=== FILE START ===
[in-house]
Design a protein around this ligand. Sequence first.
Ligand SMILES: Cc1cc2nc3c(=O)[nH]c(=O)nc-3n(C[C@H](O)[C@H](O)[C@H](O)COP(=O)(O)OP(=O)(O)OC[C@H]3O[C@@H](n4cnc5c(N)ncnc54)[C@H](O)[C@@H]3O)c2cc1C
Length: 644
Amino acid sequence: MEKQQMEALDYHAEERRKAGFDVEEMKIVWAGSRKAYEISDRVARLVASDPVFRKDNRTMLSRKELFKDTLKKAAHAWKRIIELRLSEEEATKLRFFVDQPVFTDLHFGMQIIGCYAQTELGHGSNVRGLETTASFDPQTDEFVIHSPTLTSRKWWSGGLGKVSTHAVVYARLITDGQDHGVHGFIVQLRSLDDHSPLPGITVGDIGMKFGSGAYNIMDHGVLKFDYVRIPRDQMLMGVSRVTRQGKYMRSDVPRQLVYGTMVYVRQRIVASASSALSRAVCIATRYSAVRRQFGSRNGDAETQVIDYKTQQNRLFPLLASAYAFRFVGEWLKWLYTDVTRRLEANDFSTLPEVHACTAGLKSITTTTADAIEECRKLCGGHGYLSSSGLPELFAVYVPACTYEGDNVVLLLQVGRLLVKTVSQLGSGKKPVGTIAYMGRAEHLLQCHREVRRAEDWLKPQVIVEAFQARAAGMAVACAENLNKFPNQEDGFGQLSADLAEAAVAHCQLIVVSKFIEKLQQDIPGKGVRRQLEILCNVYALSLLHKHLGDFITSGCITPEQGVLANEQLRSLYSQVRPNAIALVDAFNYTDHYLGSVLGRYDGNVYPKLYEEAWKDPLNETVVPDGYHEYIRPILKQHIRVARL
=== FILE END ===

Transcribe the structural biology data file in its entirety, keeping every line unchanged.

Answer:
[in-house]
Design a protein around this ligand. Sequence first.
Ligand SMILES: Cc1cc2nc3c(=O)[nH]c(=O)nc-3n(C[C@H](O)[C@H](O)[C@H](O)COP(=O)(O)OP(=O)(O)OC[C@H]3O[C@@H](n4cnc5c(N)ncnc54)[C@H](O)[C@@H]3O)c2cc1C
Length: 644
Amino acid sequence: MEKQQMEALDYHAEERRKAGFDVEEMKIVWAGSRKAYEISDRVARLVASDPVFRKDNRTMLSRKELFKDTLKKAAHAWKRIIELRLSEEEATKLRFFVDQPVFTDLHFGMQIIGCYAQTELGHGSNVRGLETTASFDPQTDEFVIHSPTLTSRKWWSGGLGKVSTHAVVYARLITDGQDHGVHGFIVQLRSLDDHSPLPGITVGDIGMKFGSGAYNIMDHGVLKFDYVRIPRDQMLMGVSRVTRQGKYMRSDVPRQLVYGTMVYVRQRIVASASSALSRAVCIATRYSAVRRQFGSRNGDAETQVIDYKTQQNRLFPLLASAYAFRFVGEWLKWLYTDVTRRLEANDFSTLPEVHACTAGLKSITTTTADAIEECRKLCGGHGYLSSSGLPELFAVYVPACTYEGDNVVLLLQVGRLLVKTVSQLGSGKKPVGTIAYMGRAEHLLQCHREVRRAEDWLKPQVIVEAFQARAAGMAVACAENLNKFPNQEDGFGQLSADLAEAAVAHCQLIVVSKFIEKLQQDIPGKGVRRQLEILCNVYALSLLHKHLGDFITSGCITPEQGVLANEQLRSLYSQVRPNAIALVDAFNYTDHYLGSVLGRYDGNVYPKLYEEAWKDPLNETVVPDGYHEYIRPILKQHIRVARL